The Indonesian military has removed a statue of a grinning, cartoon-like tiger from outside an army base after it sparked a flood of online mockery.
The tiger is the mascot for the local military but the one at the entrance to the small base in Cisewu — which had a broad grin and cuboid head — quickly became a laughing stock after pictures of it were posted online.
Critics said it looked more a like a cartoon character than a fearsome military symbol, and the web was soon flooded with mocking comments and memes of the smiling beast.
Someone on my Facebook timeline drew a Pixar-ish version of Macan Koramil and it's perfect. pic.twitter.com/zrfrrsT2a6
— Handoko Tjung (@handokotjung) March 15, 2017
Eksistensi macan cisewu pic.twitter.com/ChGPIBMwAm
— Indra 🐼 (@idrwp) March 14, 2017
Menahan diri untuk gak ikut2an hype maung Cisewu… tapi ngeliat yg ini gwa ngakak pic.twitter.com/FMAtlAIp7D
— Aryoioio (@aryobangun) March 15, 2017
“My head hurts trying to suppress my laughter looking at the memes of the Cisewu tiger,” said one Twitter user Galcit.
With no sign of the furore abating, the military Monday removed the mascot which had stood outside the base on top of a sign for six years. Pictures posted online showed military personnel using hammers and chisels to take it down.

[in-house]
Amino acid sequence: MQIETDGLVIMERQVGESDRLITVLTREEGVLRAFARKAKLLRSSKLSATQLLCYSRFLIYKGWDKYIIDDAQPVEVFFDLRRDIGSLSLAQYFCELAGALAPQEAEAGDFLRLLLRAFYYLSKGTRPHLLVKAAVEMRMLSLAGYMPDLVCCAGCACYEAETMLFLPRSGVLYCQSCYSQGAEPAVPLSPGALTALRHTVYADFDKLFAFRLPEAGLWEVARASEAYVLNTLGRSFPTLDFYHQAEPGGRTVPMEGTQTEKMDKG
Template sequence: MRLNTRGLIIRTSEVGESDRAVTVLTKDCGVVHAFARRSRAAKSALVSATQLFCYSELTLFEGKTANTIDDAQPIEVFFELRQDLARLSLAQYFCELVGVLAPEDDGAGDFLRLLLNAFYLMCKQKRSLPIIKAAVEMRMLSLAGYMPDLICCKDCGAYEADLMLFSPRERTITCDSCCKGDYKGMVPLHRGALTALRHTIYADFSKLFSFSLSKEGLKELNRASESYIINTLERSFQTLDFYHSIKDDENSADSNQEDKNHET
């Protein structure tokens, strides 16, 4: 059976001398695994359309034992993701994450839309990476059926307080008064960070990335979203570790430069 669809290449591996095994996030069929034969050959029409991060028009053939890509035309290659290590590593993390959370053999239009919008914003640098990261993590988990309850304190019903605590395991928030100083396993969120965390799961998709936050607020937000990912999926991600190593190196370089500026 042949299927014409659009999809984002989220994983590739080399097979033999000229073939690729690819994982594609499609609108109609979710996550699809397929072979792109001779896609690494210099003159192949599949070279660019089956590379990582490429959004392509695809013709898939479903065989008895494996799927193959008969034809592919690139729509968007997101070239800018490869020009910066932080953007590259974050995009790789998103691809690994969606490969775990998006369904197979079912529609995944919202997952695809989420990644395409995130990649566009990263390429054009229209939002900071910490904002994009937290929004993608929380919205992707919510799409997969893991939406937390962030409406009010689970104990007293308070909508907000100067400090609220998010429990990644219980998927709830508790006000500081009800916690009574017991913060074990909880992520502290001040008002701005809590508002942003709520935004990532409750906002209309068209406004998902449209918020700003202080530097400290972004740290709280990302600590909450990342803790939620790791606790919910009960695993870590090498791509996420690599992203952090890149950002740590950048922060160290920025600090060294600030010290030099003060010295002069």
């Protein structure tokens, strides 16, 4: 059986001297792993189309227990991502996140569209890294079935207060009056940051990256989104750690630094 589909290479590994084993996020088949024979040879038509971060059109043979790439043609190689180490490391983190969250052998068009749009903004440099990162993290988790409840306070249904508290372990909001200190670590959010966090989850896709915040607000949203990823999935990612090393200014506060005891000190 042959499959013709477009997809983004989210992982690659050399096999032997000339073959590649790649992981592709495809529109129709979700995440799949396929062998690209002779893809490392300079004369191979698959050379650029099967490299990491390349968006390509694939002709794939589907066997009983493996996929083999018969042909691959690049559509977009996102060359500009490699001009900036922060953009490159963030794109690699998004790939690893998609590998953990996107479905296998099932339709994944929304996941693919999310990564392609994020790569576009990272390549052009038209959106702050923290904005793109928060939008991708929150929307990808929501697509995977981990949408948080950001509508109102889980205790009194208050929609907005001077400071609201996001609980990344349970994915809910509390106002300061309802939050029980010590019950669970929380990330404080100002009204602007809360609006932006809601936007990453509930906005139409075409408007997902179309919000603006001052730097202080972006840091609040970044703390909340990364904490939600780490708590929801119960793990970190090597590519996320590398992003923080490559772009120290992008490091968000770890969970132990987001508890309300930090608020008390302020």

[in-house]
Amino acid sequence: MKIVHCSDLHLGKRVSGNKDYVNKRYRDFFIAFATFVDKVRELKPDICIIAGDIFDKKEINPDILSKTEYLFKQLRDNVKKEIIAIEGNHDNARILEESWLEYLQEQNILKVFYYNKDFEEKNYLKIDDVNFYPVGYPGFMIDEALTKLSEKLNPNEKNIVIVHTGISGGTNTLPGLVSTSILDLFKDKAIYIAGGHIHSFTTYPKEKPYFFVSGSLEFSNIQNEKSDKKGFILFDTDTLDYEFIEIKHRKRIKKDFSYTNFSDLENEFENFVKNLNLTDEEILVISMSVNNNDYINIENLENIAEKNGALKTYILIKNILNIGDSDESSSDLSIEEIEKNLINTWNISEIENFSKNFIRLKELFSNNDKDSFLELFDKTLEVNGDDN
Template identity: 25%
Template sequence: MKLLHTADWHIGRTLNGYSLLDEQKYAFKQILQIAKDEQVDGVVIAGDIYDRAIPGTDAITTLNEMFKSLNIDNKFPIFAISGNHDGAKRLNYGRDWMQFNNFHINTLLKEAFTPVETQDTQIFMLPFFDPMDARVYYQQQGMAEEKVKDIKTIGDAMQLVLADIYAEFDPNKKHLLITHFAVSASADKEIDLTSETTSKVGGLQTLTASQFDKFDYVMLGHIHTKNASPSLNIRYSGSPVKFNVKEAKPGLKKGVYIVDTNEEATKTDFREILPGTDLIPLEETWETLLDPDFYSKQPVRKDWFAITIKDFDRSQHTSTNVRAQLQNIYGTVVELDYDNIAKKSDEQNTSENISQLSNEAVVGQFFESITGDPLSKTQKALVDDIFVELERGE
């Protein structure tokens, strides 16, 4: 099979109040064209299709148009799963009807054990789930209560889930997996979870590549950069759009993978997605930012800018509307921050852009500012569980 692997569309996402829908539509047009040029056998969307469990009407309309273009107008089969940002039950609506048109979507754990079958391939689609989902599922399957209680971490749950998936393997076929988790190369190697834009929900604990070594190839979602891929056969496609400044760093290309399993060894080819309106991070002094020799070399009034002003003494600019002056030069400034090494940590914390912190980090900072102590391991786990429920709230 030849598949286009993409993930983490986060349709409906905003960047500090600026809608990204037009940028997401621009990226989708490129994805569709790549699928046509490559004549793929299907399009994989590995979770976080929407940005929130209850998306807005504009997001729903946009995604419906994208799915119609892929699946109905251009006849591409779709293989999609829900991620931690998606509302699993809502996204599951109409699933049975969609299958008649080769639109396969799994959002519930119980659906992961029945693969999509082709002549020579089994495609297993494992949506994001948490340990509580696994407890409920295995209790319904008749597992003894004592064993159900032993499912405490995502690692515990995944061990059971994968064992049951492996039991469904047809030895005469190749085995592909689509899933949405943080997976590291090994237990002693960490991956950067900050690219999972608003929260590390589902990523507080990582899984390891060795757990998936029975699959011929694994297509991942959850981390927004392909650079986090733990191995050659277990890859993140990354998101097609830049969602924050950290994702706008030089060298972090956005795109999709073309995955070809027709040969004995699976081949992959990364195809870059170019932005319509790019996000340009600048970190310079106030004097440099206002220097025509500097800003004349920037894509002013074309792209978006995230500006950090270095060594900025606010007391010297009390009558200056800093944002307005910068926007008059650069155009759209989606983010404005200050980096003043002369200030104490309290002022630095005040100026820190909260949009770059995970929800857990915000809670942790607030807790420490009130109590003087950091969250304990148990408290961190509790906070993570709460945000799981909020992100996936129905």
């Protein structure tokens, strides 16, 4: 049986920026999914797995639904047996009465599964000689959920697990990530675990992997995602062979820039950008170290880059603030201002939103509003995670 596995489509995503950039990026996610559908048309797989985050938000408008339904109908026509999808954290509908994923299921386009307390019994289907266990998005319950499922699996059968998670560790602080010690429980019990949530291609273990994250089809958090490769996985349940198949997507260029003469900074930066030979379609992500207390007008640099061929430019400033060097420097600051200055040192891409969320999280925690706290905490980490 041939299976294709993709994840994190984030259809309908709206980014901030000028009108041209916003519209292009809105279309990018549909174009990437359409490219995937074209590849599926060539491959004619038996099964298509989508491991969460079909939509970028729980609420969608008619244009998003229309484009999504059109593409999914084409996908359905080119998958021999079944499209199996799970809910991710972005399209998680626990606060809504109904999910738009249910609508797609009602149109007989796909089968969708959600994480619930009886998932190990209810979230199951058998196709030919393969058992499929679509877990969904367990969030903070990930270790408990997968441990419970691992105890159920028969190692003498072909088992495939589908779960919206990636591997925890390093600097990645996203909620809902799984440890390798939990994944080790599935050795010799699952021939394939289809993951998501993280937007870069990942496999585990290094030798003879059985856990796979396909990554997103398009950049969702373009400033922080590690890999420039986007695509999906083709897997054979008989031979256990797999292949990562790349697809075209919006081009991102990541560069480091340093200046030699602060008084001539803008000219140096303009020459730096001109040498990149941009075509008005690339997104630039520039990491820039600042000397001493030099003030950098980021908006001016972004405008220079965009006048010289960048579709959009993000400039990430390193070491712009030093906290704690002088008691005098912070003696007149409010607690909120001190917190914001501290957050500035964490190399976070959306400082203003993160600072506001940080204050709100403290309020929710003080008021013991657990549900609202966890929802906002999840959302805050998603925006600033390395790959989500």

— KapanLagi (@KapanLagicom) March 15, 2017
“Tigers should look fierce because they represent bravery and resilience,” local military spokesman Mokhamad Desi Arianto told AFP.
“When some people criticised the statue for looking funny, we couldn’t ignore it.”
He said a new statue of a tiger would be erected in its place.
Web users tweeted “RIP Cisewu tiger” after news emerged of the mascot’s demise, with some criticising the military for overreacting to online jibes.
“I’m so sad that the legendary Cisewu tiger was destroyed, RIP funny tiger,” commented Twitter user Blackvels.
The tale of the grinning tiger has echoes of a story in Spain, where an 82-year-old woman became a global laughing stock due to a botched restoration of a painting of Christ.
Cecilia Gimenez’s attempted restoration of Ecce Homo (Behold the Man), a century-old fresco of Christ painted on a church pillar in Borja, transformed it into an image resembling a pale-faced ape with cartoon-style eyes.
The attention triggered a flood of visitors to the church to be photographed with the artistic disaster.